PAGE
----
The Role of an Executor — Part 1

The Role of an Executor — Part 1

1. Introduction

It is quite common for our clients to be asked to act as executors under a Will.  This usually arises due to requests by family members but it can also arise in relation to requests from friends.  It can often be difficult to refuse to take on such a role as the fact that one has been asked to act as executor shows that the person making the Will attributes a degree of trust and confidence to that person.  It is therefore likely that the role of executor will be accepted without fully understanding the nature of this role and the legal obligations the role imposes.

2. The Role of the Executor

The Executor is a person appointed under a Will to administer the estate of that deceased person. There can be one or more executors.  The duty of the Executor is to collect in the assets of the deceased in a timely fashion, extract a Grant of Probate in the estate of the deceased and administer the estate to the beneficiaries in accordance with the terms of that Will.  From the date of death of the deceased, the whole estate devolves and passes to the Executor.  Some of the duties of the Executors are as follows:

  • Disposal of the body of the deceased in accordance with the deceased’s wishes
  • Valuation and protection of the assets of the deceased
  • Ascertainment of all liabilities
  • Ascertainment of the identity of beneficiaries
  • Completion of the Inland Revenue Affidavit and extracting the Grant of Probate
  • Paying the expenses and debts of the estate
  • Preparation of administration accounts

The duty of the Executor is for life.  Accordingly, if assets are discovered after the administration is complete, it is the duty of the Executor to dispose of such assets as per the Will.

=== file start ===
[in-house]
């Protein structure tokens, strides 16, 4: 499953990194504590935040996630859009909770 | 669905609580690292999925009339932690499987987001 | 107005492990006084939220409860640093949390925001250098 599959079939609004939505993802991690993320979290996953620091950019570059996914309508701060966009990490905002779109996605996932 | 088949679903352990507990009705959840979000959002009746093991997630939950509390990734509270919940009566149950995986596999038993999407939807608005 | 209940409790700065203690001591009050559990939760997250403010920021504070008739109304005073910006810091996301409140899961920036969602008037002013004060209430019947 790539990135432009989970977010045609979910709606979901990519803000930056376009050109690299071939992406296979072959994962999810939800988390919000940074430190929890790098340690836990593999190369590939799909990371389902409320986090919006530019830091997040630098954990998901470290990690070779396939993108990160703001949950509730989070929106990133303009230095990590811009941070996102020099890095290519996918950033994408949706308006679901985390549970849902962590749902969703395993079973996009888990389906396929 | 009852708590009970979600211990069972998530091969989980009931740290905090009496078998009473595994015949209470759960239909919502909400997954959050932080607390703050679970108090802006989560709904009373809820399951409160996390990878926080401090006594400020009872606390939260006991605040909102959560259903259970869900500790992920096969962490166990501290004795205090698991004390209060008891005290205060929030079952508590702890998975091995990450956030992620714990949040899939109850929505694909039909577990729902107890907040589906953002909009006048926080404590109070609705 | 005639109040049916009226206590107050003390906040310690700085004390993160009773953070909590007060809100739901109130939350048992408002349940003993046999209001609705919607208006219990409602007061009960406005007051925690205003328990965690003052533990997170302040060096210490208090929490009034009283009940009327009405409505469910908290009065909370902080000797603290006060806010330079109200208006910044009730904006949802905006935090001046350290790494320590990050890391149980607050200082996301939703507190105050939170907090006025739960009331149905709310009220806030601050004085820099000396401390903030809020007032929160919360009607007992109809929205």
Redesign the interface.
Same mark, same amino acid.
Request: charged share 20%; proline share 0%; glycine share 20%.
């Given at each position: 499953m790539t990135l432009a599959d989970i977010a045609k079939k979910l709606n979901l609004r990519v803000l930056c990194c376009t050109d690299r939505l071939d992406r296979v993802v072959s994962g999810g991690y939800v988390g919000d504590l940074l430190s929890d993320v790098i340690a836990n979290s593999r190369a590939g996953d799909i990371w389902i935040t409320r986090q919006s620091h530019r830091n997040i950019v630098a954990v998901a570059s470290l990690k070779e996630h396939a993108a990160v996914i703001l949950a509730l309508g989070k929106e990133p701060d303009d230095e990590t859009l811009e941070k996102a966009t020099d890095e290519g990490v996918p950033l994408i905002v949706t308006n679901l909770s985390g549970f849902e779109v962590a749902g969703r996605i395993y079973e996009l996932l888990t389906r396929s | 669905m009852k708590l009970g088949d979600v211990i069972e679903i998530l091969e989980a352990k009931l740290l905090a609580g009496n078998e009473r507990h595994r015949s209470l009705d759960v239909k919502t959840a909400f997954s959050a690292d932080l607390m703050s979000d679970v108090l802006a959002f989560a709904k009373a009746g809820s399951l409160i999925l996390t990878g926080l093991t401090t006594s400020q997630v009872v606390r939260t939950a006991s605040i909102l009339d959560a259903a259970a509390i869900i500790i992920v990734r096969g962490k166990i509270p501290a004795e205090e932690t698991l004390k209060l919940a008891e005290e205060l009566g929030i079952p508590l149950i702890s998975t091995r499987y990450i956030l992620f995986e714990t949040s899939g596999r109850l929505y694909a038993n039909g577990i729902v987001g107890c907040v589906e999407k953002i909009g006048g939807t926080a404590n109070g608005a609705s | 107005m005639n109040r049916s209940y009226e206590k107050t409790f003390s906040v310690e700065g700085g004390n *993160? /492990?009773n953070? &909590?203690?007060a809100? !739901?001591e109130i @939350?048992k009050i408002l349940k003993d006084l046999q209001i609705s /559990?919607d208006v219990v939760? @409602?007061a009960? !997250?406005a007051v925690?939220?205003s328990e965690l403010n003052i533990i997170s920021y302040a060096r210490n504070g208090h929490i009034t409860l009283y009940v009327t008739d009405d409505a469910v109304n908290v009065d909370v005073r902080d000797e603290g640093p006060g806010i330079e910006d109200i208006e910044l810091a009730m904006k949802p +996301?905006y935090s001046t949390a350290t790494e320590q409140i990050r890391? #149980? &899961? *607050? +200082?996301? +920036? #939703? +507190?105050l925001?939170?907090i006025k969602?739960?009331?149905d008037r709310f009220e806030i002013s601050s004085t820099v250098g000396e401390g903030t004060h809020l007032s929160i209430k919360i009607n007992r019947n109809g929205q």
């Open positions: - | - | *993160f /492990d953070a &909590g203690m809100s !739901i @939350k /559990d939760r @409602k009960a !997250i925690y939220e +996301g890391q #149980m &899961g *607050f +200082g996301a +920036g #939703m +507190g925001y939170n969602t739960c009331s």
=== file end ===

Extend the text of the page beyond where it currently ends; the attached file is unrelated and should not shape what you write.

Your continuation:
3. Must I act as Executor?

No.  Even though a person may be named in a Will as an executor they can renounce their right to act as an Executor under the Succession Act, 1965.  It is important to note that should an Executor accept an appointment and extract the Grant of Probate in the estate of a deceased, then such an Executor cannot subsequently seek to reverse his or her decision to act as Executor without the consent of the High Court.

4. Am I entitled to be paid for my time?

No.  The role is gratuitous and an Executor is not entitled to be paid unless the Will specifies otherwise.  One must bear in mind the amount of time the administration can take and therefore Executors will be giving up a lot of their personal time at no remuneration.  Executors are entitled to be paid for out of pocket expenses.

5. Must an executor engage a solicitor to act on his or her behalf?

The answer to this question is no but it is advisable for Executors to engage a solicitor to assist and advise them on the administration process.  There are numerous legal duties and obligations upon an Executor of which an Executor may not be necessarily aware.  Please see Part 2 of this series, which deals in more detail with the legal duties and obligations imposed on executors.

If you have any queries on the contents of this article, please contact Brendan Sharkey at 01 6619 500 or

Brendan Sharkey
Author: Brendan Sharkey